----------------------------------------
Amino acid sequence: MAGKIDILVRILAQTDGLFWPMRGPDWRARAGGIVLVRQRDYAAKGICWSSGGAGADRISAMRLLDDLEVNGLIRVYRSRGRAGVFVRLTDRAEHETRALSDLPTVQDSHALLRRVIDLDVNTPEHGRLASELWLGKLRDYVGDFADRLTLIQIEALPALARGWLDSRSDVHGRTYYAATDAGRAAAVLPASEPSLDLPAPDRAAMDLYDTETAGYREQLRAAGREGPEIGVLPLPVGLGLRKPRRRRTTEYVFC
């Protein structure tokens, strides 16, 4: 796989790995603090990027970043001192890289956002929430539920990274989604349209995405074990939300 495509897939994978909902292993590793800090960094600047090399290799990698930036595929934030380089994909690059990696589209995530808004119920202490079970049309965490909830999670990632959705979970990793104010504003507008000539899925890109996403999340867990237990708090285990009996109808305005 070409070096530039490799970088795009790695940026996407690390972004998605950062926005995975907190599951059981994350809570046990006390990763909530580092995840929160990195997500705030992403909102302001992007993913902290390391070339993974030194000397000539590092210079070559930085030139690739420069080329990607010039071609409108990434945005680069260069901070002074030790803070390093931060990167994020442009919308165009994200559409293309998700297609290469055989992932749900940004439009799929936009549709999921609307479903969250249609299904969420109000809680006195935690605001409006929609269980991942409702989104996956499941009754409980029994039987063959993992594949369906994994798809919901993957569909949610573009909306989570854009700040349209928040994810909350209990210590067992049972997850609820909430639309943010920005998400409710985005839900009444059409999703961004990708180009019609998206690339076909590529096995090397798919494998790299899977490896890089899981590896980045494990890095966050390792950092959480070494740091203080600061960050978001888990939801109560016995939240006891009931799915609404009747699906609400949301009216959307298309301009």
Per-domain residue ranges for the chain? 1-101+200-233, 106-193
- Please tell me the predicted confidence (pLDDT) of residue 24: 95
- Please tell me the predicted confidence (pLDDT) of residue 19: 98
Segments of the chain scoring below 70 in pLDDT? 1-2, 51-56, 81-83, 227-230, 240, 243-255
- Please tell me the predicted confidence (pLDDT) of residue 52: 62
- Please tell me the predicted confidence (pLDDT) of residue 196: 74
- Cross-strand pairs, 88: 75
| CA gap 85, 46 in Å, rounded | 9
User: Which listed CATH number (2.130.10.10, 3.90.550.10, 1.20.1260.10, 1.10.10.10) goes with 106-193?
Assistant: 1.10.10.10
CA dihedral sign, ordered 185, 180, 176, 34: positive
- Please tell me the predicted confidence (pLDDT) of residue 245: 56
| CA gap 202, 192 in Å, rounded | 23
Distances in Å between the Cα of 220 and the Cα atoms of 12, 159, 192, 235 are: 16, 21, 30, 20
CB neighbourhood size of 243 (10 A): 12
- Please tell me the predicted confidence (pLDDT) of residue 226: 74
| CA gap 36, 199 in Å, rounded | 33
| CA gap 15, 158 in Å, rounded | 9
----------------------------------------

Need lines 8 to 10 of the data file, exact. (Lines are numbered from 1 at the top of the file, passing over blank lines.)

- Please tell me the predicted confidence (pLDDT) of residue 196: 74
- Cross-strand pairs, 88: 75
| CA gap 85, 46 in Å, rounded | 9